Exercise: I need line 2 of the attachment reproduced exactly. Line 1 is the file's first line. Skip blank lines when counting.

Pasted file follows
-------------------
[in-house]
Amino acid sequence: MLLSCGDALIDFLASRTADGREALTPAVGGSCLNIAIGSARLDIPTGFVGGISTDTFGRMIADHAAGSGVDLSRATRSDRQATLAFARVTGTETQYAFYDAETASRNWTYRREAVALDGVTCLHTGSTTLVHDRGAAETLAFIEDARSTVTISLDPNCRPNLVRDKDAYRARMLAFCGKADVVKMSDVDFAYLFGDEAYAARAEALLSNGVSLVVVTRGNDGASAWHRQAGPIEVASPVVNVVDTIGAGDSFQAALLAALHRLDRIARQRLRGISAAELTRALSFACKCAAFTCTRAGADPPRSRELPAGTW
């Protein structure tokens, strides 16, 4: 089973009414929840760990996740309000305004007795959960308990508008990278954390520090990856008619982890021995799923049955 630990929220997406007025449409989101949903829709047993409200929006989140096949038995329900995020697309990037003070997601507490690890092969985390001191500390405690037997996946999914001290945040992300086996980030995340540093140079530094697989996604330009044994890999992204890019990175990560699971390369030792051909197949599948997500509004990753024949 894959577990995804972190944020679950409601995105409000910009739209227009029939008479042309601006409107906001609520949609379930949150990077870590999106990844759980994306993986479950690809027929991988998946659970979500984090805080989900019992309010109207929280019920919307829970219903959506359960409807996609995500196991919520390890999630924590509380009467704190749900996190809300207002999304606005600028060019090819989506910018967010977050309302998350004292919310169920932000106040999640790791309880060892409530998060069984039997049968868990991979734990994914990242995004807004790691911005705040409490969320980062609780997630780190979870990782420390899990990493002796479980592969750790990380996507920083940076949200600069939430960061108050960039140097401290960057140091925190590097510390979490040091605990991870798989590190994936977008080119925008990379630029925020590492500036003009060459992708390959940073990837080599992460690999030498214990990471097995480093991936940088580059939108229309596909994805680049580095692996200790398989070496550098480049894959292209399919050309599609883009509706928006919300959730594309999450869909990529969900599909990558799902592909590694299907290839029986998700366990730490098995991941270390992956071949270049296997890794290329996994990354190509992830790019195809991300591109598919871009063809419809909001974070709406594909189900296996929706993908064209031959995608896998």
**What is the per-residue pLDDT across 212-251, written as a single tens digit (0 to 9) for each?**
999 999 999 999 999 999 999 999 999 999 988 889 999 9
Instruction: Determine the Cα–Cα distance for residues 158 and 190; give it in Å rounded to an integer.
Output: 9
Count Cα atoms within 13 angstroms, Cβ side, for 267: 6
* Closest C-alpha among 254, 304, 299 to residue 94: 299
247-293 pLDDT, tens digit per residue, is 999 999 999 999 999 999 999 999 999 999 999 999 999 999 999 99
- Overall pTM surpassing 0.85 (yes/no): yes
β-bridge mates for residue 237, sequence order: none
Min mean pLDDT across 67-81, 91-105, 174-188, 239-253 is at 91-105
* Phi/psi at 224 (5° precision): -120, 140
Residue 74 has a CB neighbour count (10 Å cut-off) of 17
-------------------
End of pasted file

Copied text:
Amino acid sequence: MLLSCGDALIDFLASRTADGREALTPAVGGSCLNIAIGSARLDIPTGFVGGISTDTFGRMIADHAAGSGVDLSRATRSDRQATLAFARVTGTETQYAFYDAETASRNWTYRREAVALDGVTCLHTGSTTLVHDRGAAETLAFIEDARSTVTISLDPNCRPNLVRDKDAYRARMLAFCGKADVVKMSDVDFAYLFGDEAYAARAEALLSNGVSLVVVTRGNDGASAWHRQAGPIEVASPVVNVVDTIGAGDSFQAALLAALHRLDRIARQRLRGISAAELTRALSFACKCAAFTCTRAGADPPRSRELPAGTW